Now I know that we probably won’t change our perception about our bodies overnight. In a few weeks I know I’m going to be griping about cramps all over again. In fact, I have a dreadful Pap smear at the end of this week (TMI maybe) and I’ve been cursing my body for the past week for requiring so much care. I don’t want some doctor investigating my uterus.

Yet I know deep down my body matters. It needs to be taken care of. It needs to be treated nicely.

And I haven’t been treating my body very nicely, at least not with my words or attitude.

I really think that it’s important for us women to start valuing our bodies. If we dedicate so much time tending to our emotional and spiritual needs through encouragement and prayer, then why not our physical needs, too?

Our body needs love.

Our body needs encouragement and prayer and affection and attention. No matter what size we are or what time of the month it is, our bodies should be appreciated. They are gifts.

Do you not know that your bodies are temples of the Holy Spirit, who is in you, whom you have received from God? You are not your own; you were bought at a price. Therefore honor God with your bodies. (1 Corinthians 6:19-20)

Perhaps part of honoring God with our bodies is treating our body nicely. Instead of tearing it down, we acknowledge the beauty of God’s creation. We let our bodies do their thing (menstrual cycles, gaining weight, and all) as a way of surrendering to God’s plan for our lives.

I’m still going to cling to chocolate and Ibuprofen when distress hits, but I’m going to try to not despise what my body is doing. I’ll still cringe as I have a hard time buttoning my jeans, but I’m going to try to not bash my figure. As Stasi puts it, “to be a woman is a glorious thing” (p.52).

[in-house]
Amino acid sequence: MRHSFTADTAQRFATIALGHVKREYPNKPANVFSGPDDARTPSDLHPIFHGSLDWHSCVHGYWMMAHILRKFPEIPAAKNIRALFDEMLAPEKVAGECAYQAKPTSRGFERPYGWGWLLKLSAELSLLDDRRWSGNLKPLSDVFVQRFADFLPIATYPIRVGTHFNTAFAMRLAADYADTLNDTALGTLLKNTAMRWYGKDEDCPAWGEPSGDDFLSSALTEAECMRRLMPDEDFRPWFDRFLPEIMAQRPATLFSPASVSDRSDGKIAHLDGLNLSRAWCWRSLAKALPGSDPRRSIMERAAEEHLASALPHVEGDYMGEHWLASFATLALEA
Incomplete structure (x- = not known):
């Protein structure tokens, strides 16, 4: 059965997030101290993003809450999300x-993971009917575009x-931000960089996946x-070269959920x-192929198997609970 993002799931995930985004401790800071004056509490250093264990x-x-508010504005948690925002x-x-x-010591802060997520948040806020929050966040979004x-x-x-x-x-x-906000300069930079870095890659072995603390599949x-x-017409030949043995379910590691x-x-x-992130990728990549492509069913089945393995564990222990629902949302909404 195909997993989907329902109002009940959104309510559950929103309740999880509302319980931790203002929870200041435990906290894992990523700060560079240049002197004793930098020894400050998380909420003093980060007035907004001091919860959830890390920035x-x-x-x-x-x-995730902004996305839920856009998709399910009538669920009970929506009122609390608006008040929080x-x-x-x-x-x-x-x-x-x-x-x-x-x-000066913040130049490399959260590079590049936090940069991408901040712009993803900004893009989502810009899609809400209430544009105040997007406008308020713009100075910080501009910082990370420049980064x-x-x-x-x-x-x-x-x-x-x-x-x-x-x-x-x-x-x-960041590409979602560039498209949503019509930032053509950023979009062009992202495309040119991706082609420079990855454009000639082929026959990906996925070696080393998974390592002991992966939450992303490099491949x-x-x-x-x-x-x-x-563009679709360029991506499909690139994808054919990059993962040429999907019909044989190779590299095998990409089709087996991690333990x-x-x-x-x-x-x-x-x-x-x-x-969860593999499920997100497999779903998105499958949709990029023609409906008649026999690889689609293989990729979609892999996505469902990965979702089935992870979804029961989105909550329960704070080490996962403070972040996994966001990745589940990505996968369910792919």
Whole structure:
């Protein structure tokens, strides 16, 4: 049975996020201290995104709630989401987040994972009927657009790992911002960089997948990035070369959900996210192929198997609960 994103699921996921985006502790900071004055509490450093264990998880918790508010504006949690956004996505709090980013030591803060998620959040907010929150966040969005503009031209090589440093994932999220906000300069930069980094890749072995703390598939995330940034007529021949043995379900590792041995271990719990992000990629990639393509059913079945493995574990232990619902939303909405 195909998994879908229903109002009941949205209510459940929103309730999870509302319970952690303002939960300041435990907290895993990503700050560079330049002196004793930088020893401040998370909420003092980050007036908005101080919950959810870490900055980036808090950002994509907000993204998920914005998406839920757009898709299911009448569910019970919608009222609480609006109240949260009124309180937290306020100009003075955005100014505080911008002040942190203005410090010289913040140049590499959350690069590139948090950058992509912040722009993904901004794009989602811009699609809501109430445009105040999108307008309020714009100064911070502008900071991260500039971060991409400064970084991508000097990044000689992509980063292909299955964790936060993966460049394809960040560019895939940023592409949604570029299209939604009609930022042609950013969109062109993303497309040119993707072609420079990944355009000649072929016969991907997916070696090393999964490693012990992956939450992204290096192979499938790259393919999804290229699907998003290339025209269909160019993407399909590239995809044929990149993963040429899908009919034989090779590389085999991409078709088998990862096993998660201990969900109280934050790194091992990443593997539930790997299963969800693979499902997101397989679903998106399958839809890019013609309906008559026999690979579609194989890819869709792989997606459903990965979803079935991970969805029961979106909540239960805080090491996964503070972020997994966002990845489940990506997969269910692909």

Maybe we can just start thanking our bodies for what they go through, even if we aren’t truly grateful. Maybe over time, we really will be able to see ourselves differently in the mirror. I think self-talk really does help. Prayer, too. What if we just started acknowledging things, GOOD things, about our bodies one day at a time?

I wonder if our confidence would grow. Maybe we’d curb some of that insecurity. Maybe we’d be able to survive that time of the month without biting everyone’s head off.

I certainly don’t know what could come of this considering I’m just now starting to wade into the waters of appreciation, but I feel like it’s got to be good for us to some extent, right?

I dare you (if you are a woman) to start taking some of this seriously. Take your bodies seriously.

Your body is beautiful! That’s sometimes difficult to say out loud or even fathom, but it’s true.

Image

Image by Ana Corrales Paredes on Flikr (https://flic.kr/p/no5QMo)

That’s all I have to say on this topic. I’m sorry if this was uncomfortable to read. You could’ve stopped twenty paragraphs ago.

And men, if you’ve made it this far, I’m thoroughly impressed. Don’t be afraid to make eye contact with me after reading this. I may be one of the few women you know who would dare say such things so openly, but know that every female you encounter holds many of the same feelings, thoughts, and concerns about her body. It’s just the way we are, the way we think. I think it’s good for men to dive deeper into what being a woman is like just so he can properly love and care for her. Likewise, I believe a woman has a duty to know more about herself and also about the men in her life.

It’s important to unveil some of these secrecies and mysteries.

And now that I have peeled back this one layer, you may carry on with your Tuesday.